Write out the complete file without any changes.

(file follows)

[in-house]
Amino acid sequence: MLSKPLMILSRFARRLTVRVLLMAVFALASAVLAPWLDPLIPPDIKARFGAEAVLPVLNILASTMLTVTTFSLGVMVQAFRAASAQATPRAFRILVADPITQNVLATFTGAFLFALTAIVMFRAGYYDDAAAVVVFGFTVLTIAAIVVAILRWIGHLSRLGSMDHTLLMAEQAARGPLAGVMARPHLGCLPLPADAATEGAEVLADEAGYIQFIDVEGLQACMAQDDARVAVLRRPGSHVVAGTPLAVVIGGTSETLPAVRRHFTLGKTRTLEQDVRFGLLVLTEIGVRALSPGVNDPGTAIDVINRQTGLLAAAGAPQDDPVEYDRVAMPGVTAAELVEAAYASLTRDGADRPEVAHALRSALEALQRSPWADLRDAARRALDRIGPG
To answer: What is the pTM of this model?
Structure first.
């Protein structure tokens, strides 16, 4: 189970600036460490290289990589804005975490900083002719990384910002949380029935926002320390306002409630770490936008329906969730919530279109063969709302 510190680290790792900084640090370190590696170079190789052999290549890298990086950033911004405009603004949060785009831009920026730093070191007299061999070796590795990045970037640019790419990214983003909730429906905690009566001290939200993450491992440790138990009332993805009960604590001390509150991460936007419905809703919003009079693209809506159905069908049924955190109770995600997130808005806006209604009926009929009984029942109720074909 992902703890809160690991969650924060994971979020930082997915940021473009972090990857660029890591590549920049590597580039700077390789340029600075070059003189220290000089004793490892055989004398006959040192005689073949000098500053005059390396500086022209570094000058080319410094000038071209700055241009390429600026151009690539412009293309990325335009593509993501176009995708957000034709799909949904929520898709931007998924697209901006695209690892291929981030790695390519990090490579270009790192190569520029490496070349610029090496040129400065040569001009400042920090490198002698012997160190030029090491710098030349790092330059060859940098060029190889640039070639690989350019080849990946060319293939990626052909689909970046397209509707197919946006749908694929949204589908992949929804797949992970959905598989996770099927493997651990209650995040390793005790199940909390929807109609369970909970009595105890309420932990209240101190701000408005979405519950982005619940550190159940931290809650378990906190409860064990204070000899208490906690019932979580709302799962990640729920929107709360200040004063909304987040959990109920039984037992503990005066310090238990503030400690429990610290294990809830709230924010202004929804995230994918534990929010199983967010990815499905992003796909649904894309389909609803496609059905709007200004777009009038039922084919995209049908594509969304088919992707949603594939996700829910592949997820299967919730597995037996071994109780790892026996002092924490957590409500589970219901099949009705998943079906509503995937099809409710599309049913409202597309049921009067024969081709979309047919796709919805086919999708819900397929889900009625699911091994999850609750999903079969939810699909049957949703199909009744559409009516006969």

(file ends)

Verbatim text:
[in-house]
Amino acid sequence: MLSKPLMILSRFARRLTVRVLLMAVFALASAVLAPWLDPLIPPDIKARFGAEAVLPVLNILASTMLTVTTFSLGVMVQAFRAASAQATPRAFRILVADPITQNVLATFTGAFLFALTAIVMFRAGYYDDAAAVVVFGFTVLTIAAIVVAILRWIGHLSRLGSMDHTLLMAEQAARGPLAGVMARPHLGCLPLPADAATEGAEVLADEAGYIQFIDVEGLQACMAQDDARVAVLRRPGSHVVAGTPLAVVIGGTSETLPAVRRHFTLGKTRTLEQDVRFGLLVLTEIGVRALSPGVNDPGTAIDVINRQTGLLAAAGAPQDDPVEYDRVAMPGVTAAELVEAAYASLTRDGADRPEVAHALRSALEALQRSPWADLRDAARRALDRIGPG
To answer: What is the pTM of this model?
Structure first.
């Protein structure tokens, strides 16, 4: 189970600036460490290289990589804005975490900083002719990384910002949380029935926002320390306002409630770490936008329906969730919530279109063969709302 510190680290790792900084640090370190590696170079190789052999290549890298990086950033911004405009603004949060785009831009920026730093070191007299061999070796590795990045970037640019790419990214983003909730429906905690009566001290939200993450491992440790138990009332993805009960604590001390509150991460936007419905809703919003009079693209809506159905069908049924955190109770995600997130808005806006209604009926009929009984029942109720074909 992902703890809160690991969650924060994971979020930082997915940021473009972090990857660029890591590549920049590597580039700077390789340029600075070059003189220290000089004793490892055989004398006959040192005689073949000098500053005059390396500086022209570094000058080319410094000038071209700055241009390429600026151009690539412009293309990325335009593509993501176009995708957000034709799909949904929520898709931007998924697209901006695209690892291929981030790695390519990090490579270009790192190569520029490496070349610029090496040129400065040569001009400042920090490198002698012997160190030029090491710098030349790092330059060859940098060029190889640039070639690989350019080849990946060319293939990626052909689909970046397209509707197919946006749908694929949204589908992949929804797949992970959905598989996770099927493997651990209650995040390793005790199940909390929807109609369970909970009595105890309420932990209240101190701000408005979405519950982005619940550190159940931290809650378990906190409860064990204070000899208490906690019932979580709302799962990640729920929107709360200040004063909304987040959990109920039984037992503990005066310090238990503030400690429990610290294990809830709230924010202004929804995230994918534990929010199983967010990815499905992003796909649904894309389909609803496609059905709007200004777009009038039922084919995209049908594509969304088919992707949603594939996700829910592949997820299967919730597995037996071994109780790892026996002092924490957590409500589970219901099949009705998943079906509503995937099809409710599309049913409202597309049921009067024969081709979309047919796709919805086919999708819900397929889900009625699911091994999850609750999903079969939810699909049957949703199909009744559409009516006969």